The Ovens

The medieval bakery - viewed from the north-westThe medieval bakery - viewed from the north-westKEY
1 Entrance
2 Chalk wall
3 Hearth
4 Oven
5 Occupation layer
6 Enclosure ditch

 

 

The bakery would have been right on the edge of the enclosure and away from any other buildings to help reduce the risk of fire.
 
The occupation layer (5) shown on the picture is the build-up of archaeological material left behind by the people who used the bakery. It consisted of charcoal, broken pottery, animal bone and one iron nail. 
 
Medieval bakers at workMedieval bakers at workThe oven in the south-west corner (4) was used principally for baking bread, but also possibly for smoking or drying.  It probably had a domed roof with a smoke vent above the mouth.  A fire would be made inside the oven and when the heat had been absorbed by the structure, the ashes would be swept out and the bread put in to bake. Medieval bread would have been very similar to the wholemeal bread we eat today. It may have been shaped into rolls, round flat loaves or large rectangular loaves.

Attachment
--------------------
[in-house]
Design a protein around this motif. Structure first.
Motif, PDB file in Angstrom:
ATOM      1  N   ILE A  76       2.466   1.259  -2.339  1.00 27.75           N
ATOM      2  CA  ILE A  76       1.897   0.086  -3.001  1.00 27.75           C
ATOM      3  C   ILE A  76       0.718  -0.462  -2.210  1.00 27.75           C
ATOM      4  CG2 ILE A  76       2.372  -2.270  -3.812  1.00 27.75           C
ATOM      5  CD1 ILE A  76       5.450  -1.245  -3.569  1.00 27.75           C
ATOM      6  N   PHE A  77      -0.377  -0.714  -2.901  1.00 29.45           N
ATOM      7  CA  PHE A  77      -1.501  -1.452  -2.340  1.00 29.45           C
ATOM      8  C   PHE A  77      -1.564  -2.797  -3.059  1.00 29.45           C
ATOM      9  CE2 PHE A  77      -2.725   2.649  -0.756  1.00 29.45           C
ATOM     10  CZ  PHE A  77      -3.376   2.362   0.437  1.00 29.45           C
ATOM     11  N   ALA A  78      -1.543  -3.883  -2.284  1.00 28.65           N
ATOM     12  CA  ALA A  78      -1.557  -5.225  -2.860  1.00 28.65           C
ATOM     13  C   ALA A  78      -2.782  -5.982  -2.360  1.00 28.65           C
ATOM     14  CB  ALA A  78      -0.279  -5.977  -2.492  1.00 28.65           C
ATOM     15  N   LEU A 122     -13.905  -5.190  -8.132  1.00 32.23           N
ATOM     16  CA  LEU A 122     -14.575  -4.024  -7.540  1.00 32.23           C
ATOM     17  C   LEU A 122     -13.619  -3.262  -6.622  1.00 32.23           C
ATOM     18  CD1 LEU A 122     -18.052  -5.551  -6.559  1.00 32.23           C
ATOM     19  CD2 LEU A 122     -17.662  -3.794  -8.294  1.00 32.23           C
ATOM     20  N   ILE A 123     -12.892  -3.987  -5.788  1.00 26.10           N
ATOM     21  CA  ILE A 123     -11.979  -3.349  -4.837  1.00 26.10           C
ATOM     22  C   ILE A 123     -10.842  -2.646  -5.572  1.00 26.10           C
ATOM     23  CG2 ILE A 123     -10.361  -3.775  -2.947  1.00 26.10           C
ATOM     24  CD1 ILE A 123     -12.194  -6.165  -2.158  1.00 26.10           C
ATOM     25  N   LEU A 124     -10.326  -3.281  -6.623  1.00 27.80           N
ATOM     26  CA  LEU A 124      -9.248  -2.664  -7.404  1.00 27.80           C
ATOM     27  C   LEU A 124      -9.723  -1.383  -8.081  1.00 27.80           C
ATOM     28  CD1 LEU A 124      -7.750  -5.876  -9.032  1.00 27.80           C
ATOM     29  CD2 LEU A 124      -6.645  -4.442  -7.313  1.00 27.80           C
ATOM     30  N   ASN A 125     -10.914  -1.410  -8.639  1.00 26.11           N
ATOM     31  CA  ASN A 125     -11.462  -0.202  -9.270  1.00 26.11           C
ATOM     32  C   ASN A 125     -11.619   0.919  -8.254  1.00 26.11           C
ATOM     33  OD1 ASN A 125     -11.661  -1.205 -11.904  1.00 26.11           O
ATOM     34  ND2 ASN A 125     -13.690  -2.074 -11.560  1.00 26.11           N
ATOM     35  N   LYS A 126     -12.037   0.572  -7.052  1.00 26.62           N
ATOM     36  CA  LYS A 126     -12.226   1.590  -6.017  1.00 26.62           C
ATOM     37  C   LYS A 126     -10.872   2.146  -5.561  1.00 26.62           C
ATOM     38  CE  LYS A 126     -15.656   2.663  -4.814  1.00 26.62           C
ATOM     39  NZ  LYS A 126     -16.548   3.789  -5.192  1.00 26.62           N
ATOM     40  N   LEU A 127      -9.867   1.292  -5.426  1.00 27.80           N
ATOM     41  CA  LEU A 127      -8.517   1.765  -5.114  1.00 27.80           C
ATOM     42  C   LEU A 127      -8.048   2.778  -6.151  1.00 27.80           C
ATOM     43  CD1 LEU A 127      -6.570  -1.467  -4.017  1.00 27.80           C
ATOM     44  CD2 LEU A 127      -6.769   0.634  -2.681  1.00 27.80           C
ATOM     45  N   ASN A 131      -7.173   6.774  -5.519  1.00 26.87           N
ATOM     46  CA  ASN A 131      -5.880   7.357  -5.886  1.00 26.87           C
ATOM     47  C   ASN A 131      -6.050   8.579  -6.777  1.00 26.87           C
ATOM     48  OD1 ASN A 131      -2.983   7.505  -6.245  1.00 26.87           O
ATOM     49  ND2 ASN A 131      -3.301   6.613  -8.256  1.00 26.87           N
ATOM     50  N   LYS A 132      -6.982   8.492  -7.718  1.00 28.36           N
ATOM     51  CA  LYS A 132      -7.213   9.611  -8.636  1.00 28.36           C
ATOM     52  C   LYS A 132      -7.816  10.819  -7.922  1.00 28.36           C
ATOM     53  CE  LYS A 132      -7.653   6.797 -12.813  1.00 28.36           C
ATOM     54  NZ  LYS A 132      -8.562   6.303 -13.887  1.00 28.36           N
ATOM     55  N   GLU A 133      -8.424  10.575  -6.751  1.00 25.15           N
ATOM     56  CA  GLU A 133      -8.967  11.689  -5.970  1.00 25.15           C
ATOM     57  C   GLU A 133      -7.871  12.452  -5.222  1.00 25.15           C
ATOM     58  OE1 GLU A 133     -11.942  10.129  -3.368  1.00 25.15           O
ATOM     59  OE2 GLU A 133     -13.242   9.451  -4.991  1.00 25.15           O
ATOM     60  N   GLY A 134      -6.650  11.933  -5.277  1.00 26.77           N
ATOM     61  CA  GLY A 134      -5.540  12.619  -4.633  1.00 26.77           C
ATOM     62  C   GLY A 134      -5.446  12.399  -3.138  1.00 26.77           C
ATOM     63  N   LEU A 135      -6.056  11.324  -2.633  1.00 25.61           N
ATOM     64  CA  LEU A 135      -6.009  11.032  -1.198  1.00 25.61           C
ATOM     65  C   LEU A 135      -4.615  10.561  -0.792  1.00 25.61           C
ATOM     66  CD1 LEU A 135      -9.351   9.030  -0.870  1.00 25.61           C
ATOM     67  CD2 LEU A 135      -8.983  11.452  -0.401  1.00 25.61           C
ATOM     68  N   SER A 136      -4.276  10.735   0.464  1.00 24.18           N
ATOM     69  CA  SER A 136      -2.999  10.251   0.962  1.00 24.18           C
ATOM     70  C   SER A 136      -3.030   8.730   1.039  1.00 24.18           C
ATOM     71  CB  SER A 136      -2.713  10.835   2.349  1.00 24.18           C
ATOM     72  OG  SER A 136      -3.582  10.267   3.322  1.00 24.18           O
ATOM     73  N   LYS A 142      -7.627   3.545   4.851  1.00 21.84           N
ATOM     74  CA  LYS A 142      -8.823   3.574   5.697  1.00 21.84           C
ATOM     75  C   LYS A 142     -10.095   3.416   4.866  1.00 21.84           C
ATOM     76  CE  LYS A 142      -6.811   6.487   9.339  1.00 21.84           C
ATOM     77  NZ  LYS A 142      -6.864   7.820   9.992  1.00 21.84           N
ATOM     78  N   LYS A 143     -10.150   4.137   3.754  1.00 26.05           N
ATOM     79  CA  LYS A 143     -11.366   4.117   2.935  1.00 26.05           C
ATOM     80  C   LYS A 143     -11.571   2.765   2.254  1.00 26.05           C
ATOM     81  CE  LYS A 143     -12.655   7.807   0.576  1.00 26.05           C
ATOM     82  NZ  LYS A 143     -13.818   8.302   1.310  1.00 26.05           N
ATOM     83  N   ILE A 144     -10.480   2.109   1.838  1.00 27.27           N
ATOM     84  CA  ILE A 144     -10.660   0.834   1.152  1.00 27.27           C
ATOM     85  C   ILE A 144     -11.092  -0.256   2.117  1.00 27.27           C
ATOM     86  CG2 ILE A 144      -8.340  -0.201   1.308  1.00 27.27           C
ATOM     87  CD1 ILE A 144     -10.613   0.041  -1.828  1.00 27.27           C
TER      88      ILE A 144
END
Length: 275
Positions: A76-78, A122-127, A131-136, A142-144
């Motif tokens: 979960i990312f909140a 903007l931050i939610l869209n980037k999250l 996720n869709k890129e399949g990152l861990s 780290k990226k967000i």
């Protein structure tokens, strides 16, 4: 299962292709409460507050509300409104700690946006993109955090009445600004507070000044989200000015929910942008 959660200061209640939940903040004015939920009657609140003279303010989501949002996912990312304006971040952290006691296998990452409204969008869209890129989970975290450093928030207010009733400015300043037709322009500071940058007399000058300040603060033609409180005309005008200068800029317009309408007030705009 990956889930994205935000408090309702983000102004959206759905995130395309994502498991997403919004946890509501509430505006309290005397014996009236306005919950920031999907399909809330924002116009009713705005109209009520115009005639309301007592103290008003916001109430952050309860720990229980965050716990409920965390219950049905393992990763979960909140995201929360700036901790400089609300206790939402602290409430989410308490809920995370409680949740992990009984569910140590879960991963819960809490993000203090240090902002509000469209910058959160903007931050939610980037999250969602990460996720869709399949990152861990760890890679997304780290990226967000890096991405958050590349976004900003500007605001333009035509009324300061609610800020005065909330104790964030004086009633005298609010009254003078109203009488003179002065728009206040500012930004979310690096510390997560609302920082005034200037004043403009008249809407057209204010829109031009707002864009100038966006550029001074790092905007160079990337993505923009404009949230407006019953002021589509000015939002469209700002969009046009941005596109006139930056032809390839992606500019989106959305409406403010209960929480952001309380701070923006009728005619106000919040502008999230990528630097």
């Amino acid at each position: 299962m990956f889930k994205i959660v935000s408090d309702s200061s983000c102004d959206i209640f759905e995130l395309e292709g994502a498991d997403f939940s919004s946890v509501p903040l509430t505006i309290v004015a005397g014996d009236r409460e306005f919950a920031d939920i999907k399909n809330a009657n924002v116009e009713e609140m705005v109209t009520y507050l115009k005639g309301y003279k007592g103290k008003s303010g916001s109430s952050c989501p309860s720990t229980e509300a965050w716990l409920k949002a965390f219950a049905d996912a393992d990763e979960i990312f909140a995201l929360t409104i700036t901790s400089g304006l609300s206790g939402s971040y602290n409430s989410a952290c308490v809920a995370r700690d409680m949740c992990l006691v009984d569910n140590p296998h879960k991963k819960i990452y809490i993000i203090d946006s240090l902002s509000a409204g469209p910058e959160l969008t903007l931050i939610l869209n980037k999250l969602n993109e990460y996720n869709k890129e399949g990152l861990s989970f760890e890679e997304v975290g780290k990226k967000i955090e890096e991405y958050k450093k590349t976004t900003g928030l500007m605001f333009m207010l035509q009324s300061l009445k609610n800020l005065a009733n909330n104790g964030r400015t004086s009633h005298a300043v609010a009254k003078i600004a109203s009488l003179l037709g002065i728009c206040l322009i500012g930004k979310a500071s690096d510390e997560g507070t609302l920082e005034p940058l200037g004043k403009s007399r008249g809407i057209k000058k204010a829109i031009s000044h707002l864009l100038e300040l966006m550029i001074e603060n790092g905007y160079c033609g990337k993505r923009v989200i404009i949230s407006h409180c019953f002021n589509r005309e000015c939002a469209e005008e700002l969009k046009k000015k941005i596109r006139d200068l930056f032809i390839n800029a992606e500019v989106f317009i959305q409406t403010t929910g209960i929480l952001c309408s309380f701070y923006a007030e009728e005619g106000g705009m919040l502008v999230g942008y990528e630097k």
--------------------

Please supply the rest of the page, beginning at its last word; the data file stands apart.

The hearth in the south-east corner (3) is smaller than the oven and had a different function. It looks as if it was an enclosed hearth, without a roof.  It may have been used in the production of ale.
 
Both the oven and hearth were built from local clay and flint. Fragments of clay from around and within the oven (4) tell us that the oven’s domed roof had probably been re-built at least three times.